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Seagull Shaped Stars

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#1 eoverstreet

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Posted 16 February 2020 - 08:38 PM

I found this picture on the Jerry Lodriguss webpage that best illustrates my problem seagull stars.  I was using FRAME and FOCUS in Sequence Generator Pro and failed to save a picture of my issues before clouds and drizzle begin and I had to close up.     

 

Gear used - Celestron Edge 8 HD, SCT telescope,  ASI1600MM-C Pro camera, ZWO filter wheel, with a  .70 Celestron focal reducer (made for this edge) and a Moonlite auto focuser.

 

Although my colliminaton was off before I installed BOB's KNOBS by almost the same amount as it is now....I did not have this problem then that I am having now.

 

The obvious problem with my kit points to poor collimation.  However, though I am certain it is out of collimation - the defocused star looks about the same now (after my most recent collimation attempt) as it did before I installed Bob's knobs.   Clouds and rain cut my attempt to improve on collimation but I will surely strive for a better collimation when they clear and that may fix this mess.  But - the collimation error before Bob's knobs is close to what it is now YET the stars before were good by not great before.....and now they are, as you can see, crazy seagull shaped.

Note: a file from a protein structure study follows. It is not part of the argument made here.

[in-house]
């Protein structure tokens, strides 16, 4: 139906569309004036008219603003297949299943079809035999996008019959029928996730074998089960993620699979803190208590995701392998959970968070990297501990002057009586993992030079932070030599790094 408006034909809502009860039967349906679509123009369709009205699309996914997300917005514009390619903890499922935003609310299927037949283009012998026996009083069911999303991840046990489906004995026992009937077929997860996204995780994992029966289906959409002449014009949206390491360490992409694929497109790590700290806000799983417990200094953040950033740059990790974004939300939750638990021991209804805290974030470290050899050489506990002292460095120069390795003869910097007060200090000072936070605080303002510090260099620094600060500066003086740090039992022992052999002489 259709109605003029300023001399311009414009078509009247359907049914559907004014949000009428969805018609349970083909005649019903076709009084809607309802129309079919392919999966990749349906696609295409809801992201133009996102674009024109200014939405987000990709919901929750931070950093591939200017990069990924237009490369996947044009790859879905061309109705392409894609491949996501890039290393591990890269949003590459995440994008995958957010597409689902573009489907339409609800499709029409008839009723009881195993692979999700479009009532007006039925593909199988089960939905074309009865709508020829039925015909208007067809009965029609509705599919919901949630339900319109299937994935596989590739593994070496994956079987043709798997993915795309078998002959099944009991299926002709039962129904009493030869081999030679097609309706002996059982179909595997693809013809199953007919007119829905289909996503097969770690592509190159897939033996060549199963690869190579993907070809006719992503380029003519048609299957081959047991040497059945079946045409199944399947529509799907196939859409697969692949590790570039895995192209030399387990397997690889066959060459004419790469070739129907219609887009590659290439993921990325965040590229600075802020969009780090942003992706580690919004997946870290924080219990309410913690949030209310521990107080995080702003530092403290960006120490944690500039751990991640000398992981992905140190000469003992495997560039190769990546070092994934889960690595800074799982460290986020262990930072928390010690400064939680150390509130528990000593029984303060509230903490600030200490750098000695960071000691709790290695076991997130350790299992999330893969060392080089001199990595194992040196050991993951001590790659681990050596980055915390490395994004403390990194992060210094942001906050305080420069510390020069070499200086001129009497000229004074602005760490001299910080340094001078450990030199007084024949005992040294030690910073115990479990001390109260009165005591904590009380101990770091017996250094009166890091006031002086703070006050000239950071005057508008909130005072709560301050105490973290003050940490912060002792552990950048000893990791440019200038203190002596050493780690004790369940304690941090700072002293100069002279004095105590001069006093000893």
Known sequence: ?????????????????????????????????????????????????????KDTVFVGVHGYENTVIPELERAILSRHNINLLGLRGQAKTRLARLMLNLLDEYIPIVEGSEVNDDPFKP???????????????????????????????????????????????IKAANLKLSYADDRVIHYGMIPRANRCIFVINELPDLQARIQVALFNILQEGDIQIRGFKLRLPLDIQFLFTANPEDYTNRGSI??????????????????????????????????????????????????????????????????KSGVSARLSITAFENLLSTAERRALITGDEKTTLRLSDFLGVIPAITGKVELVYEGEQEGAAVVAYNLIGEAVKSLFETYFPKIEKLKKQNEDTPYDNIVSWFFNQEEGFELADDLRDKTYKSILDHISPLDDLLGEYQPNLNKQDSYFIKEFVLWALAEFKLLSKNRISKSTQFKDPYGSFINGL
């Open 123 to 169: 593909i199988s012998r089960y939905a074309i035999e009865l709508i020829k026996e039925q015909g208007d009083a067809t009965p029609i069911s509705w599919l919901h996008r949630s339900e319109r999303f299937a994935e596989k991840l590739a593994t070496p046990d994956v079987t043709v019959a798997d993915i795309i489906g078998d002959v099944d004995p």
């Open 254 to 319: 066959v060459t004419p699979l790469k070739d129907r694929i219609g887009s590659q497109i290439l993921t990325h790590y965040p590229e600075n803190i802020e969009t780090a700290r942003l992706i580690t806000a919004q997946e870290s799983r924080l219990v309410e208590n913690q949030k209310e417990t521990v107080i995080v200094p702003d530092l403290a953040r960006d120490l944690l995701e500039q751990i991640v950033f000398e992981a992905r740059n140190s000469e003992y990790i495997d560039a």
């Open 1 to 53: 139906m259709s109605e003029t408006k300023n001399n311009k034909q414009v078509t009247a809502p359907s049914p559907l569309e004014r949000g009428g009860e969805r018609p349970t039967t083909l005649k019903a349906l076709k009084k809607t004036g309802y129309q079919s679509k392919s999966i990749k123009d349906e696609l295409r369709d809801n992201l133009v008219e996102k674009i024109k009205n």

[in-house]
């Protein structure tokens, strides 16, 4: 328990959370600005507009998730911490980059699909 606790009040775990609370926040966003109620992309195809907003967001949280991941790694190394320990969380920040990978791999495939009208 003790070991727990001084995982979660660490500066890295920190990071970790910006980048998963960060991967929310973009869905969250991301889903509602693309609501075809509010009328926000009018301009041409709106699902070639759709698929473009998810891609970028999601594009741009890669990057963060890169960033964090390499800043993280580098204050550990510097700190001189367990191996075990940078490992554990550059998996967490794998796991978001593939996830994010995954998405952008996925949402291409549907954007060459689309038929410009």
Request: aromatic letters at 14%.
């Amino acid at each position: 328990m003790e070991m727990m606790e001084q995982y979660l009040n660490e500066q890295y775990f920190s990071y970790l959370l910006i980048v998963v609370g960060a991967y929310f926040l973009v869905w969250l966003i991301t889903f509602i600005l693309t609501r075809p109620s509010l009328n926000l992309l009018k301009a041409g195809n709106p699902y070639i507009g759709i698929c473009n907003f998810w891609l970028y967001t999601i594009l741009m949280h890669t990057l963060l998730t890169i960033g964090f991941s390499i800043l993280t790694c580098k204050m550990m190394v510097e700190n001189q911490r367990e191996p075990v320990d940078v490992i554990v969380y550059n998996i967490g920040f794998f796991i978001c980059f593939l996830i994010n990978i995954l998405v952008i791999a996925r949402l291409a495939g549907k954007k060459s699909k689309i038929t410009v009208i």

So I am confused as to why I am NOW getting these stars?    I probably should have waited until I got a better collmation before posting this..... but my question is "could there be something else causing these seagull stars that I could be checking" as I feel like there is something else going on....and a better colliminaton may not be the fix.

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#2 Augustus

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Posted 16 February 2020 - 08:41 PM

IMHO Bob's Knobs are nothing more than a great way to lose collimation more often (they just aren't as secure as the OEM ones) and also tempt yourself to mess with it more often.


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#3 Cfreerksen

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Posted 16 February 2020 - 11:30 PM

It looks like collimation. Just wait for a clear night and spend about 15-20 minutes tuning it up. Bright star dead center. Adjust. Re-center. Repeat.

 

Chris



#4 Stelios

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Posted 17 February 2020 - 04:23 AM

Collimation, conceivably coupled with a heat plume effect, if the scope was still cooling when you took the images.

 

In any case, *first* fix the collimation (I recommend *this* guide and be anal about it--close only counts in horseshoes. Do the best the seeing will allow, and improve it on nights of better seeing. An Edge 800 ranges from a world-class-scope to a POS depending on collimation :))--and *then* worry about other things, if issues still remain.



#5 eoverstreet